This is my first attempt at the NYC Midnight Short Story Challenge. The story had to be less than 1,000 words with the following conditions:
- Genre – Romance
- Location – Aquarium
- Random Item – Jalapeno Pepper
Thanks for reading, and I look forward to your comments!
Every Monday, Wednesday, and Friday at quarter-past twelve, Archibald Monroe took a seat inside an auditorium at the aquarium next door to the bank where he worked as a loan officer. The Birds of the Rainforest show was his favorite exhibit and in the past seven weeks, he hadn’t missed a single performance. The show began promptly at 12:40 p.m. but arriving early gave him time to scarf down his lunch – a cardboard container of jalapeno poppers from a food truck parked outside the glass and steel structure.
Archibald preferred the exotic birds over the mysterious sea creatures within the multi-story building, but thought none of them compared to their handler, Deirdre Carlin. Her pouty lips, dark lashes, and mane of glossy, auburn hair captivated him, but he was most impressed with her well-toned physique. She looked the picture of health.
Unlike Vera. Vera also worked at the bank next door. Every day at lunchtime, she and Archibald shared a rickety table in the breakroom. He asked her out over its faded, laminate top. When Vera shared the news of her cancer diagnosis while sitting across from him at the same table, he half-heartedly promised to be there for her.
But that was before he drove her home from her first chemo treatment and she puked all over the inside of his Mercedes. The next day he sent her a dozen roses and a copy of the receipt for the auto detailing service responsible for cleaning the mess.
Archibald avoided the breakroom afterward, which was how he wound up visiting the bird show at the aquarium. He since went out of his way to avoid Vera at work and hadn’t returned to his former lunch venue. Not even when the bank manager mass-emailed the employees to congratulate Vera on the news of her cancer going into remission. He couldn’t risk getting emotionally close to someone that sick.
Right on time in the auditorium, the lights dimmed over the audience and spotlights illuminated the stage. Archibald devoured the last of the deep fried jalapenos, stuffed the container into the pocket of his jacket, and licked his fingers clean.
Twenty-five minutes later, after the meager midday crowd dispersed, Archibald practically bounced to the front of the stage. “Hi Deirdre! Are we still on for tonight?”
“Of course! I wouldn’t miss it.” Deirdre’s smile didn’t quite reach her eyes. She tucked a loose strand of hair behind her ear and her bottom lip quivered. “I look forward to something to make me smile after…well.” During the show she mentioned the passing of Bryan, her scarlet macaw.
“Yeah. Sorry to hear it. You think you’ll find a replacement soon?”
She glanced up and held his gaze. “Oh yes, quite soon. I have my eye on one which should work out nicely.”
“Great! Still want me to pick you up at your apartment?” Archibald’s smile broadened, dimpling his cheeks when she confirmed her address so he could plug it into his phone.
“Losing someone you love is hard.” Archibald covered Deirdre’s hand with his. They sat at the kitchen table in her apartment, empty plates all that remained of the dinner she prepared – steak, baked potatoes, and his favorites, jalapeno poppers.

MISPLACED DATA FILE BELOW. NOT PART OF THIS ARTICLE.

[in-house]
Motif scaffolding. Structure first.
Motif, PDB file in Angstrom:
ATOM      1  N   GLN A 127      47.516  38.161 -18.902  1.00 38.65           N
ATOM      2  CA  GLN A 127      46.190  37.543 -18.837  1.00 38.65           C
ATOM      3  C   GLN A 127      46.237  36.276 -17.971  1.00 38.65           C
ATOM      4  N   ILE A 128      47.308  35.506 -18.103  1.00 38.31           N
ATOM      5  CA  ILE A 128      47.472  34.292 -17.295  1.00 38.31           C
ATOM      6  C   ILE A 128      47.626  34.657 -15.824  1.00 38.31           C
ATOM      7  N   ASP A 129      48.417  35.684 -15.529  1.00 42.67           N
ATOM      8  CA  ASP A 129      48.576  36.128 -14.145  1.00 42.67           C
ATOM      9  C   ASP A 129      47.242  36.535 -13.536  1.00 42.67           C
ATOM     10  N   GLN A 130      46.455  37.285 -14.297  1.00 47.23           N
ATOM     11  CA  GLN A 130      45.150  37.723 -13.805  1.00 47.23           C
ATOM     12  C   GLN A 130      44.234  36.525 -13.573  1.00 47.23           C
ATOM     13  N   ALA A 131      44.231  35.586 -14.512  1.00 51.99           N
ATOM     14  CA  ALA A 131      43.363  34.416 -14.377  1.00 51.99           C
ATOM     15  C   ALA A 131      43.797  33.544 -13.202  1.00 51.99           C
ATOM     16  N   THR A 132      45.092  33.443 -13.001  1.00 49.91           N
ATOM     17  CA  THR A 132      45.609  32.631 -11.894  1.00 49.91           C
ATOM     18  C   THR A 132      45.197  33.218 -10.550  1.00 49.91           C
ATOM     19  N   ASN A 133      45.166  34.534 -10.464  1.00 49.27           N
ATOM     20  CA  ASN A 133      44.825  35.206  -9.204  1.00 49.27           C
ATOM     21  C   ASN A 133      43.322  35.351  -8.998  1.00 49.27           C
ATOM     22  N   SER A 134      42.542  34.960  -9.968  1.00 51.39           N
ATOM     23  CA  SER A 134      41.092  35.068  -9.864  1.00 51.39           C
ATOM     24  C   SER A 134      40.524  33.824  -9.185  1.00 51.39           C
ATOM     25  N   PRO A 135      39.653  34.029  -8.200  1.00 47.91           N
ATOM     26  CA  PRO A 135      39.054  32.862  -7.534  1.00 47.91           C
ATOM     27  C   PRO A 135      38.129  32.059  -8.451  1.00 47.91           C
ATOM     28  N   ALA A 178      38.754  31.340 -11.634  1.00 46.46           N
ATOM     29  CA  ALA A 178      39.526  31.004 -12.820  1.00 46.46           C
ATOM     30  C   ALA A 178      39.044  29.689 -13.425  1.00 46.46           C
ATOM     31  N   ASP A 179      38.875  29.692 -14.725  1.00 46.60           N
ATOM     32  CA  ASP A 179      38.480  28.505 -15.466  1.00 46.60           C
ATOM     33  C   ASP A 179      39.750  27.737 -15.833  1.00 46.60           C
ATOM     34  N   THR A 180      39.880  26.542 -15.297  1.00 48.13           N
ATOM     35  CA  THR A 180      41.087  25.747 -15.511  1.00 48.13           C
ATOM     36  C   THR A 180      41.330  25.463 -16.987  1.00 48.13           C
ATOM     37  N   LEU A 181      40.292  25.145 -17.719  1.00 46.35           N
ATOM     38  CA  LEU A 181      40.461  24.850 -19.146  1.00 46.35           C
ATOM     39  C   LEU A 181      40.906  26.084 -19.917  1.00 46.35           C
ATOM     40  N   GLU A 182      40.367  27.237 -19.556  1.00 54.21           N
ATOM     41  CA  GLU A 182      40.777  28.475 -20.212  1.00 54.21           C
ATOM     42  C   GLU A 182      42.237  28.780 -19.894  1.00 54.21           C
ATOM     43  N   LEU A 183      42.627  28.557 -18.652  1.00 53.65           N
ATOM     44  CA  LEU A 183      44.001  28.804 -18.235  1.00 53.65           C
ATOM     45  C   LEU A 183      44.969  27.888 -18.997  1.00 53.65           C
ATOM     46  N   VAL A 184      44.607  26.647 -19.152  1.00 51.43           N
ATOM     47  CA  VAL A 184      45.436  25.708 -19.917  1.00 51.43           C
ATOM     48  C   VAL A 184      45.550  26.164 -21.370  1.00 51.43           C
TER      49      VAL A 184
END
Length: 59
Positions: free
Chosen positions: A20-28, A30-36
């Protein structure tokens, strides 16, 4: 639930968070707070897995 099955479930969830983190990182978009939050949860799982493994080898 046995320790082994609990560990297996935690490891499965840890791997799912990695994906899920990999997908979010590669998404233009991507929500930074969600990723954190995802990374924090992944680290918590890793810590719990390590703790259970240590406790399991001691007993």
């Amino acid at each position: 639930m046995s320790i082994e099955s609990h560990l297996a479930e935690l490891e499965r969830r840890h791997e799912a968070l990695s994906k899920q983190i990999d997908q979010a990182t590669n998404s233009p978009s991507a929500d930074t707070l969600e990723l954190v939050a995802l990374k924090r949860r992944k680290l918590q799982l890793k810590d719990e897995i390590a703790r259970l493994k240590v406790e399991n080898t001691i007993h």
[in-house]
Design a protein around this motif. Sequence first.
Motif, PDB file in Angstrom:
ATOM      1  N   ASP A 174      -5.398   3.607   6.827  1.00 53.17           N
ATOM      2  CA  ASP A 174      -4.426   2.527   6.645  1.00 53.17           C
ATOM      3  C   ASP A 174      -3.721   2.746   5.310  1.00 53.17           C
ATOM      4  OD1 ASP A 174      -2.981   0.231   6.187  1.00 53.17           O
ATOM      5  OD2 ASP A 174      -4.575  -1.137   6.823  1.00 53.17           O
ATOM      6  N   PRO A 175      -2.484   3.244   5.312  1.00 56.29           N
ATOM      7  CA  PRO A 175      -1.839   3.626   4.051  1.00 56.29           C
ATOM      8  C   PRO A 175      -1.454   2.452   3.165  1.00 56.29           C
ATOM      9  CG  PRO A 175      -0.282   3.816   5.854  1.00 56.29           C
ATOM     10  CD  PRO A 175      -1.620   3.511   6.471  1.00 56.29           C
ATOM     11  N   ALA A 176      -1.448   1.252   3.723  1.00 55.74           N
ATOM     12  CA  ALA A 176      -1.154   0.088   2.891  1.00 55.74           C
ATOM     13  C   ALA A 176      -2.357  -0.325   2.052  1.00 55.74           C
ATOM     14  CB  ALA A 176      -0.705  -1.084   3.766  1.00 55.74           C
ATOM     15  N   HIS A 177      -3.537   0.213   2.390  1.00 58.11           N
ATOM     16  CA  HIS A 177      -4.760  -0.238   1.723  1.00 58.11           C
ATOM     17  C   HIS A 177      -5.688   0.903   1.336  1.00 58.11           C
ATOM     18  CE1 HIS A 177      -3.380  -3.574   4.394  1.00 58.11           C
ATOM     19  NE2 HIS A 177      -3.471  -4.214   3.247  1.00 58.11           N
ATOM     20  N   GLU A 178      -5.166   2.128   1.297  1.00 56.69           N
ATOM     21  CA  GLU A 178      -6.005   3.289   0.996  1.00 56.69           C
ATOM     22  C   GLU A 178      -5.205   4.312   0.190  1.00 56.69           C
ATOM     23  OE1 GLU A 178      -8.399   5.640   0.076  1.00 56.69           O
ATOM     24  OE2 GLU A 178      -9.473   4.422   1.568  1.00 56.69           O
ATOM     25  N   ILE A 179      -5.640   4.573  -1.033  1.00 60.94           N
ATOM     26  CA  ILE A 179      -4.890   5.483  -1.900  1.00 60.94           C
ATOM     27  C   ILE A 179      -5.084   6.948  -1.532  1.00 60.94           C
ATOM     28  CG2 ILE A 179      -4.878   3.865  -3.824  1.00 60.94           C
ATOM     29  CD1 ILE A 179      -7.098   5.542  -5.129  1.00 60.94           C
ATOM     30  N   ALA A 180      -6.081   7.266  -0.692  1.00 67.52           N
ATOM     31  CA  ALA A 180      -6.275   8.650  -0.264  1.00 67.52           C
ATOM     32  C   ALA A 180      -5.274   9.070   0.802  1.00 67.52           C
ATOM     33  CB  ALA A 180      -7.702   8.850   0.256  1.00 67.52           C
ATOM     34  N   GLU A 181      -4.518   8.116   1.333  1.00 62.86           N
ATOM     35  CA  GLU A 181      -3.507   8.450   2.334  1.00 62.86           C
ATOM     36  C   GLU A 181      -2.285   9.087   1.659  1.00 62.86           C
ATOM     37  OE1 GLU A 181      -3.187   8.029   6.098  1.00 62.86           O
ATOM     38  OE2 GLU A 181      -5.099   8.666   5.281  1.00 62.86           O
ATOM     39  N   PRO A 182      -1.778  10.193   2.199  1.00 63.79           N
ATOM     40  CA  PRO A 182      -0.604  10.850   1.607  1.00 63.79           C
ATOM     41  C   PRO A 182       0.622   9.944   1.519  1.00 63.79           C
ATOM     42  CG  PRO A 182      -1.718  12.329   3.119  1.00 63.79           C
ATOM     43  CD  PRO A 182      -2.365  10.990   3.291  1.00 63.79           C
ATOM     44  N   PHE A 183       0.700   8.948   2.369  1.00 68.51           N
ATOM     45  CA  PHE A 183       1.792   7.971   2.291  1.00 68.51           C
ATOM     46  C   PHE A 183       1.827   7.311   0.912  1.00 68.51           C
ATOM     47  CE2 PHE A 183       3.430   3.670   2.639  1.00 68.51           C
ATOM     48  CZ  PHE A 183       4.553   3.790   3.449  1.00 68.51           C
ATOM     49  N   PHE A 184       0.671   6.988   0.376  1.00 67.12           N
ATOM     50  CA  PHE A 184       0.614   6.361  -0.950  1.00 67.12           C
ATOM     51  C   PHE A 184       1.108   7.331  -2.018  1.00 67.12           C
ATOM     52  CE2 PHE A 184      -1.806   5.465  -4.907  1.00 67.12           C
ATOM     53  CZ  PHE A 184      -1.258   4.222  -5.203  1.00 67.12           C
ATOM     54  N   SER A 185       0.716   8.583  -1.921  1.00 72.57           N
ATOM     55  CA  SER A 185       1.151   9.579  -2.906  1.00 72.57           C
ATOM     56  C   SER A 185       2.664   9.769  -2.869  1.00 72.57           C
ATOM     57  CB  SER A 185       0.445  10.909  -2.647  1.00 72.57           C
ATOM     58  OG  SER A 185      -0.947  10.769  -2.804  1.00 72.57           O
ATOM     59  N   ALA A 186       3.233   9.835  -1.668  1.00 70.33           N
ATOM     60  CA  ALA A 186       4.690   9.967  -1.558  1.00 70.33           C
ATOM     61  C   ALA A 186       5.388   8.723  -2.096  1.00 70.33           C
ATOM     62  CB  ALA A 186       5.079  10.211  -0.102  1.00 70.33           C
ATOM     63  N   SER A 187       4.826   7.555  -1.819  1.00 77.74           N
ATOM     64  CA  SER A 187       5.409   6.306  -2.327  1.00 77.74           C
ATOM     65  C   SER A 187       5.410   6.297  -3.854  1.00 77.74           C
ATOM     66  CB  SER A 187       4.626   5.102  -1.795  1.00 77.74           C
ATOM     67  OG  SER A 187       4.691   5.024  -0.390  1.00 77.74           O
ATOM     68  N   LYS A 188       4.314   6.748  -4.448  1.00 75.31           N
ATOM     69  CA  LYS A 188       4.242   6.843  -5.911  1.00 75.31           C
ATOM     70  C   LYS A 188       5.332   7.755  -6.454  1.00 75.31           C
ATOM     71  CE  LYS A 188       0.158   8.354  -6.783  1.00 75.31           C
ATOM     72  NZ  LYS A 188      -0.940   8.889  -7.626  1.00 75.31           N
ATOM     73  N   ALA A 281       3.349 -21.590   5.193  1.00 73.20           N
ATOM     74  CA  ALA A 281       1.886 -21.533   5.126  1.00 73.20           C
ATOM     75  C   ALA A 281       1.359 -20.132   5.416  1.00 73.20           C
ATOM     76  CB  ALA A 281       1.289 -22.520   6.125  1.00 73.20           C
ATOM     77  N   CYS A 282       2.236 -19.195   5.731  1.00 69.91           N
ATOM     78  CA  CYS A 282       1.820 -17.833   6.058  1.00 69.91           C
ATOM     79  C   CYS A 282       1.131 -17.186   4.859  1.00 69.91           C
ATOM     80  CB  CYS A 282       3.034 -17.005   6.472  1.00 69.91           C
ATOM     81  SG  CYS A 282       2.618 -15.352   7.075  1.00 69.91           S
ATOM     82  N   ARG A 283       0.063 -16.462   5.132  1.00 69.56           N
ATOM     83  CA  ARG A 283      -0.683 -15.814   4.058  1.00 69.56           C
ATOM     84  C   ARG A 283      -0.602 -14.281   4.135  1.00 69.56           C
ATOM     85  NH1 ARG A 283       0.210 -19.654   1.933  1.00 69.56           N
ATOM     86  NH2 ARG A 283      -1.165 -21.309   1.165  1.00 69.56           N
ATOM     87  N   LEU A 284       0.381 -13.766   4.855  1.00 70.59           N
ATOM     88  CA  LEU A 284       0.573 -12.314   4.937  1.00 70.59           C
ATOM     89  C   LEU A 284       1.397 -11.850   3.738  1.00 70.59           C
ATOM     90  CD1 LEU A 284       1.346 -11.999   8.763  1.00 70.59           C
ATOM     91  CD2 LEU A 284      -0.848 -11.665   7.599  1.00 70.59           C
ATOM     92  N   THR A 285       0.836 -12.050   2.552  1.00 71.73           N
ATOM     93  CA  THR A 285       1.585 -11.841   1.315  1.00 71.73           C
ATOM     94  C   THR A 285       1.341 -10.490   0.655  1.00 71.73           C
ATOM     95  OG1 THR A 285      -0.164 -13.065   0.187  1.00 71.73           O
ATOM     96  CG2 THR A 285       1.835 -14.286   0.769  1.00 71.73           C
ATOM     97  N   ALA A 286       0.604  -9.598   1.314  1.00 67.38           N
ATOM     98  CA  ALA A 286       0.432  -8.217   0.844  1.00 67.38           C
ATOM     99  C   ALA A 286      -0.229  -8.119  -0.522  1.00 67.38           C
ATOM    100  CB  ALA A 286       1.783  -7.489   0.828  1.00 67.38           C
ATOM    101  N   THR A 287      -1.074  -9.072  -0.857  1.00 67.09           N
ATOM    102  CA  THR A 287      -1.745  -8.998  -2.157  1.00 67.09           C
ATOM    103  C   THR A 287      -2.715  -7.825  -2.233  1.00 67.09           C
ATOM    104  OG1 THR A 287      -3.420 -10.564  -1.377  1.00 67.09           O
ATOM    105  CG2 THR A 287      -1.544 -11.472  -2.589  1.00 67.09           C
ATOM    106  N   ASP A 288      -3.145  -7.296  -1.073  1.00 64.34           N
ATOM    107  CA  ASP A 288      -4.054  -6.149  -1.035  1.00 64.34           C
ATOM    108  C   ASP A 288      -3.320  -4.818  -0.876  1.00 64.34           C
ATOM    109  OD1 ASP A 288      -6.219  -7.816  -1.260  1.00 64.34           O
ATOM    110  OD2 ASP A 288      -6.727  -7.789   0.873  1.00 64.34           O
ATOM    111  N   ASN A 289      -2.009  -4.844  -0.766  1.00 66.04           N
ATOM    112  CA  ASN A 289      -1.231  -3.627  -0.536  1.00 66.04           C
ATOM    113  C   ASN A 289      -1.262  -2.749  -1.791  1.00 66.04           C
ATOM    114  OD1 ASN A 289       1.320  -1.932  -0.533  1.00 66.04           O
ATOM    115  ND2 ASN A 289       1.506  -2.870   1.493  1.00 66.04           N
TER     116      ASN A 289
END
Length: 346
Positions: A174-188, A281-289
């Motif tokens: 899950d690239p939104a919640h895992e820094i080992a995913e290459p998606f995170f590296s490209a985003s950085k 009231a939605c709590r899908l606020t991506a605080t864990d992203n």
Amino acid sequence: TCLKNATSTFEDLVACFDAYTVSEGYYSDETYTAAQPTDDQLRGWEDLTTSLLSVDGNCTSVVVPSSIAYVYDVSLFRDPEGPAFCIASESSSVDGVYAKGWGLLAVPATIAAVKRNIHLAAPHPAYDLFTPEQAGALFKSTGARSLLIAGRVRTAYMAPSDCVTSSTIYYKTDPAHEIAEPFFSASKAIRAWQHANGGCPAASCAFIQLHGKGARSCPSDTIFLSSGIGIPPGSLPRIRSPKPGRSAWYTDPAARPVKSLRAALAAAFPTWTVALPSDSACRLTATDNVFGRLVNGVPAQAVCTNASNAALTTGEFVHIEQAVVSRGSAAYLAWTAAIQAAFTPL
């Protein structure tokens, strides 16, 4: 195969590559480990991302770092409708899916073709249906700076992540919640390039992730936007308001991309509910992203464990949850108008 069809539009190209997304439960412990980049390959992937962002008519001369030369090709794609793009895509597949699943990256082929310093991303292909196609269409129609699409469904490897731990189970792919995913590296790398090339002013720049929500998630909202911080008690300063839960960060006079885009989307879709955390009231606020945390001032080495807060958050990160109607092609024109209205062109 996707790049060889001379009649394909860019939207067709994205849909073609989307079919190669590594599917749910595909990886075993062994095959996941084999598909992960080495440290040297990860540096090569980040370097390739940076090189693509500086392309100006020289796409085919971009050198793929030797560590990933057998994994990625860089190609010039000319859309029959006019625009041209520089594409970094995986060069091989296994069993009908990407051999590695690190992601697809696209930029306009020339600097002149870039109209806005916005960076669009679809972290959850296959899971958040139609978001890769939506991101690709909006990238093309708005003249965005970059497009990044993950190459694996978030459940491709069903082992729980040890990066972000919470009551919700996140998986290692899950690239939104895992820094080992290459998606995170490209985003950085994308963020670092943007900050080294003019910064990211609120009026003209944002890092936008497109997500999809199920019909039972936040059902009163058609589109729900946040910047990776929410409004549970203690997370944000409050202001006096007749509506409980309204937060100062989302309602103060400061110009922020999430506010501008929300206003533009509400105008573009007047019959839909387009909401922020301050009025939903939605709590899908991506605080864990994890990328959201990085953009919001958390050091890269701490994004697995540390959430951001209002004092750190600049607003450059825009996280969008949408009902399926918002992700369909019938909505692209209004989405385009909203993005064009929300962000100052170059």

She gave a deep sigh. “A macaw can live as long as a human. He should have lasted another forty years at least. Did you know they mate for life?”
“I had no idea.” Archibald leaned forward, enchanted by his hostess.
“They do.” She nodded, pulling her hand away. “And they aren’t likely to leave their mate for someone younger and sexier.”
“Did someone leave you?” When Deirdre didn’t answer, he pressed, “What common excuse for a human would leave you? I hope you don’t mind my saying, but you’re the prettiest woman I ever met. I’d certainly never leave you.”
A flush crept into Deirdre’s cheeks and she stood, clearing the dishes away from dinner. Archibald sat back and watched, his eyes taking in her form as she moved.
“So what’s your story?” She asked while stacking the dishwasher. “Surely you weren’t always single.”
“I was dating someone from work, but it didn’t work out.”
Archibald hesitated only slightly. “She needed time to focus on herself.”
“How very selfish! She must not have been the one.”
“No, no I don’t think she was. You’d think it wouldn’t be so hard, finding the right person to spend the rest of your life with.”
“I know exactly what you mean,” she agreed, turning on the dishwasher. Then she turned to her guest. “Would you join me in the living room? I have a new bottle of cognac waiting for a special occasion like tonight, if you’re up for a nightcap.” He readily agreed, her cologne luring him into the next room like a hummingbird to a fragrant flower.
A pounding headache woke Archibald from a deep sleep. He blinked his eyes open and looked around. What is this place? He thought. Jungle? Forest? Where am I?
Just then, Deirdre’s face came into focus. Archibald tried to speak, but his voice came out in a squawk. He looked down at the feathers covering his body and screamed.
“Shh, it’s okay precious Archie.” Her fingers delicately ran over his head and down his back, causing him to shiver. She carefully removed him from the enclosure. “You’re right. It’s difficult to find the one person to share the rest of your life. When you kept appearing in the audience, I knew you were the one for me.”
Archibald stared at his date from the previous night, too shocked to speak, much less squawk.
“And now you’ve replaced Bryan, so we can spend the rest of our lives together! I love you so much, Archie. We’re going to be so happy together.”
Deirdre stepped onto the stage and waved at her audience. “Welcome to Birds of the Rainforest! Today I’d like to introduce you all to Archie, a blue and gold macaw.”